The Shore ~ Sara Taylor: I’m a sucker for mosaic novels and I thought to get my fix outside genre and instead chose Sara Taylor’s book, which is marketed and framed as a literary work. In its essence, it is as Taylor excavates the root system of a family line charted by the female members of the family and it’s the satisfying and harrowing drama you’d expect from such a book. The women shown across the span of 150 years suffer more than their fair share of pain and abuse at the hands of the men who should love them most. Medora, the fiercest, smartest, most cunning and originator of the family tree, starts this trend substituting the captivity she knew on her father’s property with the violence and deceit of her first husband.
While she prevailed in the end, her descendants are not so lucky with Ellie and her daughter Chloe suffering the worst in the book. Where Taylor succeeds best in her time-jumping take on the family history is to explore the ancestral branch system and where it knots. Characters leading the story in one chapter later serve as a note of relation to help you approximate where the new narrator stands in this complicated and often unhappy family history.
Quite interesting to now is how Taylor borrows elements from speculative fiction, which I’ve not known prior to picking the book. There’s a family on the island who can control weather. One of the women, Izzy sees immaterial boys who follow her silently through her day. The novel jumps to 2037 where most of humanity has been wiped out by an STD epidemic, but these are just surface details that don’t dominate the stories. The mechanics behind none are central to the plot or serve the actual lives of these people other than to build relationships and further the drama (though not cause it – it’s a fine line).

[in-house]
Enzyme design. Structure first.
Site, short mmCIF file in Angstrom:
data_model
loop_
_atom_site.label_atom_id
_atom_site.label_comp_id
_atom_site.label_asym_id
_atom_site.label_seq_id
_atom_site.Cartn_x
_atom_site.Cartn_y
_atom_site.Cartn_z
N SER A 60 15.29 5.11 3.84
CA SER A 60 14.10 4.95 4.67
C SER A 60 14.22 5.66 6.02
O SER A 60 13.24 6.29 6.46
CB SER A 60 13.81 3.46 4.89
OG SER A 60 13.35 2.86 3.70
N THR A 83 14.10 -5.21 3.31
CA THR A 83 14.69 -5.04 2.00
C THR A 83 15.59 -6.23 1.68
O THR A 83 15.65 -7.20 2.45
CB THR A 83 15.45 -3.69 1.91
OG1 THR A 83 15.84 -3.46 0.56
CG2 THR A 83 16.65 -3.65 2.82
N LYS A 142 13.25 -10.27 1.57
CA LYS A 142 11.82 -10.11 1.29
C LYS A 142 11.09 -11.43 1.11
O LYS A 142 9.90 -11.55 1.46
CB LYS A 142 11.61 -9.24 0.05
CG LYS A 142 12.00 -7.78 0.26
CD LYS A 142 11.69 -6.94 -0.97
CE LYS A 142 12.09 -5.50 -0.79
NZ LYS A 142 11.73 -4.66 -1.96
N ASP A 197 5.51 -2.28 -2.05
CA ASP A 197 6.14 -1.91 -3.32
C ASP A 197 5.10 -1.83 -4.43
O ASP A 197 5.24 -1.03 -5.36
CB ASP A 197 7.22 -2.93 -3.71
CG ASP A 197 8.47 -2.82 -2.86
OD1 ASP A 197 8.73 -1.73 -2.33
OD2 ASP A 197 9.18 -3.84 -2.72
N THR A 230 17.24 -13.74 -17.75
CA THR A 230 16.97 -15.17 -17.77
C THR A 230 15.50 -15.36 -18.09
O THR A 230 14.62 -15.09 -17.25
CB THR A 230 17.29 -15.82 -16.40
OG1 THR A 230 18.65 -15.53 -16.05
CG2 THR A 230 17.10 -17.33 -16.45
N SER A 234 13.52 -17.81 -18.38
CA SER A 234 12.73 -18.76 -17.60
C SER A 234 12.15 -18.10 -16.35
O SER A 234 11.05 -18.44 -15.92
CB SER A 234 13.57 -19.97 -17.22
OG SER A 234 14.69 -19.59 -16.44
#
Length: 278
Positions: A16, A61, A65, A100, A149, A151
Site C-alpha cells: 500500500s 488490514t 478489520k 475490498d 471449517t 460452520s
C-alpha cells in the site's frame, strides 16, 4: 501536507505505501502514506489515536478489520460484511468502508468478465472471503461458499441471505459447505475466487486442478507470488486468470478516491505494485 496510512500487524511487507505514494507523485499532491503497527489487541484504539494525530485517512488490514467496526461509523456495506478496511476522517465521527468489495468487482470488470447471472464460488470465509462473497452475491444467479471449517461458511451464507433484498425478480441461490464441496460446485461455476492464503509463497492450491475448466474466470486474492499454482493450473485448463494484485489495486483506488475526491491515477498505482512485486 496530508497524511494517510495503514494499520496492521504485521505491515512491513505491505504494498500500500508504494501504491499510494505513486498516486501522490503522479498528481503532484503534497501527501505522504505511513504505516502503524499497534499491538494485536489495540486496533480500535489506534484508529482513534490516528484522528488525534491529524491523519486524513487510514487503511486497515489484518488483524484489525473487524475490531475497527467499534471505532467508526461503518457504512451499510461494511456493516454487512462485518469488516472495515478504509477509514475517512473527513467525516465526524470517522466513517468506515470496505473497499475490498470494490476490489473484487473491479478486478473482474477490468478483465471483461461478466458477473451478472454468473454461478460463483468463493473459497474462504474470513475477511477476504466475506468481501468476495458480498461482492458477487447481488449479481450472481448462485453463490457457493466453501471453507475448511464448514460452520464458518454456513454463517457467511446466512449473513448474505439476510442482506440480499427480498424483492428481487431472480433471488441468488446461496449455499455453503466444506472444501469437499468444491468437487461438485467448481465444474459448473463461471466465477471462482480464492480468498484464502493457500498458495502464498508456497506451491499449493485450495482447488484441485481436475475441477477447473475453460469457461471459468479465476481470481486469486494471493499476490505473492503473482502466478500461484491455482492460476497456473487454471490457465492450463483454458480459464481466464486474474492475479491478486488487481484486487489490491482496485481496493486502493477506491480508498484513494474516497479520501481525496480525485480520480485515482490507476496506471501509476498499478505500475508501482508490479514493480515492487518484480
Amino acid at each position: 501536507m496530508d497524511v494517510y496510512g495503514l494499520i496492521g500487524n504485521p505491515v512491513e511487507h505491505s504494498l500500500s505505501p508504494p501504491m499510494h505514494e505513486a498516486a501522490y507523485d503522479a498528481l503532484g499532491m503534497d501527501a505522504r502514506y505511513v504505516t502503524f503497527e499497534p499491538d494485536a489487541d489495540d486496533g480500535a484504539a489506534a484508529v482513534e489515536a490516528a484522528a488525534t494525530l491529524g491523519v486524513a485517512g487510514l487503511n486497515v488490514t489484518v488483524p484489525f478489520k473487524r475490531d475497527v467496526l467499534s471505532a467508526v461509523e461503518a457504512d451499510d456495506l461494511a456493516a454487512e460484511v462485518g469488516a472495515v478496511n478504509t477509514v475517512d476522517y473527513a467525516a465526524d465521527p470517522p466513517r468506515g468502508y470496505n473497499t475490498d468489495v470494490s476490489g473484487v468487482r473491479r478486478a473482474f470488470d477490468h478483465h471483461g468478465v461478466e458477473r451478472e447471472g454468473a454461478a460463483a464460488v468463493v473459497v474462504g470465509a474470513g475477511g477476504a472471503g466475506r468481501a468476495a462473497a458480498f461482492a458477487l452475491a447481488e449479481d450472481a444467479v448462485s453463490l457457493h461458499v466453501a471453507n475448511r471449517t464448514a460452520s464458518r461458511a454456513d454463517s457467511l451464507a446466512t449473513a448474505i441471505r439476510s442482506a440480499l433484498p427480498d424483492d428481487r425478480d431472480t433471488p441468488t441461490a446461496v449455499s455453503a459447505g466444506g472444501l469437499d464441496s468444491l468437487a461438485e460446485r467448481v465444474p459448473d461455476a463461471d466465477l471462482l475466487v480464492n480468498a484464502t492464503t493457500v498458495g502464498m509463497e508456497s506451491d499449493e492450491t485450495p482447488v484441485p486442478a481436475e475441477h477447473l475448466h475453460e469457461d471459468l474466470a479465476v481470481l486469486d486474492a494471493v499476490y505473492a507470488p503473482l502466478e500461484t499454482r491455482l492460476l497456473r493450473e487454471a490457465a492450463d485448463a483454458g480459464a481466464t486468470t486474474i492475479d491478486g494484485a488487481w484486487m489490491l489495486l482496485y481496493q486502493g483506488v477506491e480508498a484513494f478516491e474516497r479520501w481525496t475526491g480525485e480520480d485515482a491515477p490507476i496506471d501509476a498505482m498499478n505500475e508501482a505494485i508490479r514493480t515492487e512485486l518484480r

Spoiler Ahead: I had problems with the final chapter as it went too far ahead in time to show life after the STD epidemic has wiped out most, the remaining survivors on this island have reverted to a primitive culture and birth defects and mutations are common. It’s here where Taylor shows great cracks in her worldbuilding as she tries to construct a new society where women are revered and pen an ending where the luck of the women in this family has now fully changed. But it shows she doesn’t come from genre tradition as her ideas are flimsy when interrogates and the change in style to show the deterioration jars and separates this ending from the novel as a whole.
I also had the chance to read 9 short stories in total, though my plan was to read far more than that. Eight I covered for my TOR.com column, where I will be profiling a short story author. For my debut, I’ve chosen Shveta Thakrar and will appear later. Her stories are as follow:
“By Thread of Night and Starlight Needle”
“Shimmering, Warm, and Bright”
“The Rainbow Flame”
“She Sleeps Beneath the Sea”
“Lavanya and Deepika”
“Not the Moon But the Stars”
“Padmamukhi (the Lotus-Mouthed), Nelumbonaceae nelumbo”
The standalone story I read in January is “The Glass Galago” by Alyx Dellamonica published on TOR.com and a rather enjoyable story. I’ve said many times I’m averse to read about ships and maritime adventures as I just can’t visualize the parts of ships, but Dellamonica proves a great exception. Set in her Hidden Seas world, this story is a delightful contained mystery that chops at a great pace and combines wit and charm to keep you reading. I feel as though I’d be able to excite myself over Gale Feliachild and Garland Parrish a lot more, if I had context of the previous published stories in this colorful world and the books.
Even so, I greatly enjoyed the work – a straightforward, almost police procedural made all the richer and fuller by the great dialogue and studding the text with shiny pearls of worldbuilding here and there for extra spark.